Figure 2.1. Frequency of earthquakes with an intensity equal or more than the sixth degree by prefecture from 1923 to 20162. For a color version of this figure, see www.iste.co.uk/heimburger/japan.zip
2.1.2. The effects of earthquakes
Japan is very young on the geological scale, and its current shape is only 600,000 years old. The top layer, made up of sediments a few thousands of years old, could be compared to the fragile and soft outer body covering of a cicada that has just accomplished its last molting. The nature of this terrain thus reinforces the effect of terrestrial risks: the ground there trembles more during earthquakes and it slides more easily. Earthquakes can thus cause landslides, fissures in the ground or even liquefaction. This latter phenomenon is the loss of cohesion of certain soils: the shocks disturb grains of sand and water which make up the terrain, which has the result of turning it liquid. It is observed not only in natural areas, such as the shorelines of gulfs, the banks of rivers of the bottom of valleys, but also in anthropic areas, such as embankment. The central part of the city of Yokohama, for example, today rests on embankment, in other words fragile soil, built following the same technique as 100 years ago [ÔKI 15].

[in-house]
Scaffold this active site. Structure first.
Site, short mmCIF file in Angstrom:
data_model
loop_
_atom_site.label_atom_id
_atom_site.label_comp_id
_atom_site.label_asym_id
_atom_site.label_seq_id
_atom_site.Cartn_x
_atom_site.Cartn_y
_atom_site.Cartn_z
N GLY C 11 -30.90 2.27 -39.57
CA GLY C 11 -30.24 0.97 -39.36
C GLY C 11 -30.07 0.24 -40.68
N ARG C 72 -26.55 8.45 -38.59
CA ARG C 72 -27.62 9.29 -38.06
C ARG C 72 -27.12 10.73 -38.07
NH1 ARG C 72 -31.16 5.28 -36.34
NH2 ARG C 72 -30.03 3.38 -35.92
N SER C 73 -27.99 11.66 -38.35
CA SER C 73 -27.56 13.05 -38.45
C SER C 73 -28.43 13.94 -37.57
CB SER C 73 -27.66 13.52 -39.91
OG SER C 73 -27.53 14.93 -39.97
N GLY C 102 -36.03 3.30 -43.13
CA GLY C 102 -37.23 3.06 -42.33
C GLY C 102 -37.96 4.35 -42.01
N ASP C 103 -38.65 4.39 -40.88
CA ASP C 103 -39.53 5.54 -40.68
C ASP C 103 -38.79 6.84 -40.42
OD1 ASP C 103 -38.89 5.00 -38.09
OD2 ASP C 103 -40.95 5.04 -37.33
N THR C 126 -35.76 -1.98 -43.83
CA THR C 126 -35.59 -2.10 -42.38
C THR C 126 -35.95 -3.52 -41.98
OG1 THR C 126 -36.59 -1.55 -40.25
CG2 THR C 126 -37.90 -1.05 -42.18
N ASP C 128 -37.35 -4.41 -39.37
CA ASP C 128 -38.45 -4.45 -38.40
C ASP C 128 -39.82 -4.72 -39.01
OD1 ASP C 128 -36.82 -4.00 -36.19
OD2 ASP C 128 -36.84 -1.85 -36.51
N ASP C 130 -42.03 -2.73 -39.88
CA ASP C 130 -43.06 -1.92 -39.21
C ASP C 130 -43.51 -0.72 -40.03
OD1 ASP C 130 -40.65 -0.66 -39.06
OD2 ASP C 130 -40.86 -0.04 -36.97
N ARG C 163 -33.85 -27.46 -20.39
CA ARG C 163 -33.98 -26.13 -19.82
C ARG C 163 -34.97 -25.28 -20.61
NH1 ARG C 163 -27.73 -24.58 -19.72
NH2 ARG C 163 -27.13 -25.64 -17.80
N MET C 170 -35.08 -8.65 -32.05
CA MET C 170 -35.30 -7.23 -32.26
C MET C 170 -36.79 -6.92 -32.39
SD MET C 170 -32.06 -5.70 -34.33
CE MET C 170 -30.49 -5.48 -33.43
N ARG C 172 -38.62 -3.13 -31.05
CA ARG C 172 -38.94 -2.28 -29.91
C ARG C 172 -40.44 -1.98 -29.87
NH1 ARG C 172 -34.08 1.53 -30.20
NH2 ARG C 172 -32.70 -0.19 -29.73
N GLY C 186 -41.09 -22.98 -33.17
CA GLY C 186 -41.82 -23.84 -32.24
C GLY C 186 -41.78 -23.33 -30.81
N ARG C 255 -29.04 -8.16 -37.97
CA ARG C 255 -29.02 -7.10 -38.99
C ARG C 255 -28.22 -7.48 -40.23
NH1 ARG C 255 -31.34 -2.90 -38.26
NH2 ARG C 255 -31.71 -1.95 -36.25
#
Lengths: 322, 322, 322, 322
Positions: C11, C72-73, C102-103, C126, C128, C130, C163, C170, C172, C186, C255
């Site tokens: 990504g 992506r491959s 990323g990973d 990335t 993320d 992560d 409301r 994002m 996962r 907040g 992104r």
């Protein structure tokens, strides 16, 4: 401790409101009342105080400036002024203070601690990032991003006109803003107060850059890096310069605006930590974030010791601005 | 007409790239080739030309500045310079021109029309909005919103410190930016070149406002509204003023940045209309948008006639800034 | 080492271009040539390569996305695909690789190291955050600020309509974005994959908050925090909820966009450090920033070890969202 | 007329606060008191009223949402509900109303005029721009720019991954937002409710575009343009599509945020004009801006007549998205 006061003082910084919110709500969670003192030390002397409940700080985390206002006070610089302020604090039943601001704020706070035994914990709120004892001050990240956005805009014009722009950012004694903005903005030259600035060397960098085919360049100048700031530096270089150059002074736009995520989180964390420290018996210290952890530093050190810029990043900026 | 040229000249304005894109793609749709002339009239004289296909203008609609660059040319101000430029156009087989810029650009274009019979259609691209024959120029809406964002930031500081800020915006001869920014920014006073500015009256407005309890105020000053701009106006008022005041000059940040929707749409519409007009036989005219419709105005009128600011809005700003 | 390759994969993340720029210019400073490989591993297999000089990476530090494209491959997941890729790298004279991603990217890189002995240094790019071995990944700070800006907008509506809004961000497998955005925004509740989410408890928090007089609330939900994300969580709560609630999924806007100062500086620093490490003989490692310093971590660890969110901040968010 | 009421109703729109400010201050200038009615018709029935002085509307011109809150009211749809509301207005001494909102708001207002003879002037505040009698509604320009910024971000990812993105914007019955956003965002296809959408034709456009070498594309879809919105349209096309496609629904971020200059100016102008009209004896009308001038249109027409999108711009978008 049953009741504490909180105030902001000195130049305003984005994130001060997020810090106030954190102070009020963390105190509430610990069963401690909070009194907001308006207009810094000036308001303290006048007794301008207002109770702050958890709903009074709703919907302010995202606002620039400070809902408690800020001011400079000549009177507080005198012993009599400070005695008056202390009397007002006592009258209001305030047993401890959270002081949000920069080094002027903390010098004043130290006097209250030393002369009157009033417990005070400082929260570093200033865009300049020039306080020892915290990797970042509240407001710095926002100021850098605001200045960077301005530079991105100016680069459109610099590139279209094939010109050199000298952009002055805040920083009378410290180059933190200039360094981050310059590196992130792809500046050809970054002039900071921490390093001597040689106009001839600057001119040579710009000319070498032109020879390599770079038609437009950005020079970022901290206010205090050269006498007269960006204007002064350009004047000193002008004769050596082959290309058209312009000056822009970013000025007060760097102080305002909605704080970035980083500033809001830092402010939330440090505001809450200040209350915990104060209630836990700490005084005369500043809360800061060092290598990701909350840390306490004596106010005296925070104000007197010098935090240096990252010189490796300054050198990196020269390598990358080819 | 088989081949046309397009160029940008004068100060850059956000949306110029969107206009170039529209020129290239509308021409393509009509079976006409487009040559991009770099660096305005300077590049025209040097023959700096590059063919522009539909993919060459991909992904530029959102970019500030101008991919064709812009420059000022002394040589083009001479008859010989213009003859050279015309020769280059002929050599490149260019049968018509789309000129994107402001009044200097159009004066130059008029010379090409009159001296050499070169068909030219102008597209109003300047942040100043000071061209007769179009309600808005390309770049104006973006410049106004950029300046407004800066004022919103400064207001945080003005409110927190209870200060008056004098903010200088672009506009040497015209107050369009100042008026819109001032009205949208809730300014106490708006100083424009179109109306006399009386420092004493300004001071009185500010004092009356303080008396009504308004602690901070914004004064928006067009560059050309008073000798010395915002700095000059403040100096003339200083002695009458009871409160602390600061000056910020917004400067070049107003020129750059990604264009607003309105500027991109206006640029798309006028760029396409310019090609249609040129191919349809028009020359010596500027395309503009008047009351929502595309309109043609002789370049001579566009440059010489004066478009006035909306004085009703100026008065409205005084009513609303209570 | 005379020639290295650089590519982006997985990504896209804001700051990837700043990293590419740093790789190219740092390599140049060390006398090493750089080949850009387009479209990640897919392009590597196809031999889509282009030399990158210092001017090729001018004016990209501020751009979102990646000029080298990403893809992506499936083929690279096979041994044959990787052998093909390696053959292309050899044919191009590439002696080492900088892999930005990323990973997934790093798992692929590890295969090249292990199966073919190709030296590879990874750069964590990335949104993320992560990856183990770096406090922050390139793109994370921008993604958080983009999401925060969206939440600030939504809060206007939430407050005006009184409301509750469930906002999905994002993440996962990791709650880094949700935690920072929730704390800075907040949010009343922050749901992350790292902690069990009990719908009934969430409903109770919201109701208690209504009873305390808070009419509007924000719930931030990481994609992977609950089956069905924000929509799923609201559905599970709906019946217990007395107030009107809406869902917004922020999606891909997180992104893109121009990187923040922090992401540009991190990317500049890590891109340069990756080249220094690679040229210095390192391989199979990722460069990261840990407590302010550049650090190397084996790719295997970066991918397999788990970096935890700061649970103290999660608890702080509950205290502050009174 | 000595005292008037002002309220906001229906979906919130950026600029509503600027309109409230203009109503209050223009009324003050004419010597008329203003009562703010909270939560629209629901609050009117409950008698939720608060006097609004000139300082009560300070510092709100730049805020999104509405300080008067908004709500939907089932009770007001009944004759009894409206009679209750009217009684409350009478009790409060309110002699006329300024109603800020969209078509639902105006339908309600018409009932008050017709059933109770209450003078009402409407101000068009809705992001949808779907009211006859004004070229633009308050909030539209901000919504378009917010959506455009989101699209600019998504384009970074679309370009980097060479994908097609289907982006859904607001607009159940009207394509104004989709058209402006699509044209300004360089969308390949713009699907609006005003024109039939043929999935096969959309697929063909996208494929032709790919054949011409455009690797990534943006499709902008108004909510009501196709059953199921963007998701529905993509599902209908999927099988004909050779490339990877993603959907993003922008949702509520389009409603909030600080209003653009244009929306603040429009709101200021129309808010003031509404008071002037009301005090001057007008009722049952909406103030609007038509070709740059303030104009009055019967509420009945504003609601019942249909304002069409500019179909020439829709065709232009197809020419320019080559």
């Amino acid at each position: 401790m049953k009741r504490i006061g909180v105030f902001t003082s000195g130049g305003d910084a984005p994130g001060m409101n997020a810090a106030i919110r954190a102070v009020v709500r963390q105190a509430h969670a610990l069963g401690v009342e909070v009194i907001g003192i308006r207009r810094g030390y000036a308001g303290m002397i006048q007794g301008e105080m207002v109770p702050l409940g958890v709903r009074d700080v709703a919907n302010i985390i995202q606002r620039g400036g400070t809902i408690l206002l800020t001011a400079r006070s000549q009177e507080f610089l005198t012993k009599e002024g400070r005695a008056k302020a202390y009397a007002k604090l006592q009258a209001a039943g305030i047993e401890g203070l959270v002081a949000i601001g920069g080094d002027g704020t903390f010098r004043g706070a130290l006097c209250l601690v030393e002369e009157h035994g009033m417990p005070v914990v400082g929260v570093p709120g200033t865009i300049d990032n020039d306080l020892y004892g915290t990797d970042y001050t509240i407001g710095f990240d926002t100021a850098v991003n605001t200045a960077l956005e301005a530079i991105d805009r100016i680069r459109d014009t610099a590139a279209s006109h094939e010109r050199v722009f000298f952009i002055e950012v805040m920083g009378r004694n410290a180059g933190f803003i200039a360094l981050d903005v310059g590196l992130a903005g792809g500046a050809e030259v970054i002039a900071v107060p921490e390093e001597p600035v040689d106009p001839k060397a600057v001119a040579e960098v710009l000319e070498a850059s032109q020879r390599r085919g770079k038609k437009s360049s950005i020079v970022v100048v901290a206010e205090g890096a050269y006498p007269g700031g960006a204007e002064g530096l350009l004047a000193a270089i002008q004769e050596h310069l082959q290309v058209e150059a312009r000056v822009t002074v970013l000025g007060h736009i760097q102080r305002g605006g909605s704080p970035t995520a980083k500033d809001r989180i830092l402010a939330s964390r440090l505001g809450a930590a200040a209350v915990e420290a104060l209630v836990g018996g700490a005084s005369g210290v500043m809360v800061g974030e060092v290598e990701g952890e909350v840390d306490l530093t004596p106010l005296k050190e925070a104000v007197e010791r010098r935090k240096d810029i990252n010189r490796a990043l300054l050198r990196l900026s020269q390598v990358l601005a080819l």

Table 2.1. Characteristics of the ten degrees of intensity of the Japanese scale according to the Japan Meteorological Agency Degree of intensity Human perception and reaction Situation indoors Situation outdoors 0
Shaking is imperceptible 1
Shaking rarely perceptible indoors 2
Shaking sometimes perceptible indoors Swinging of hanging objects 3
Shaking perceptible indoors Rattling dishes Light swinging of power lines 4
Shaking perceptible while walking; surprise Strong swinging of hanging objects Strong swinging of power lines 5-
Need to hold onto something stable; fear Risk of falling dishes and books or even furniture toppling over Movement of electrical poles, risk of damage to roads 5+
Walking is difficult Increasing risk of furniture toppling over Collapse of nonreinforced walls 6-
Difficult to remain upright Damage to homes with low earthquake resistance 6+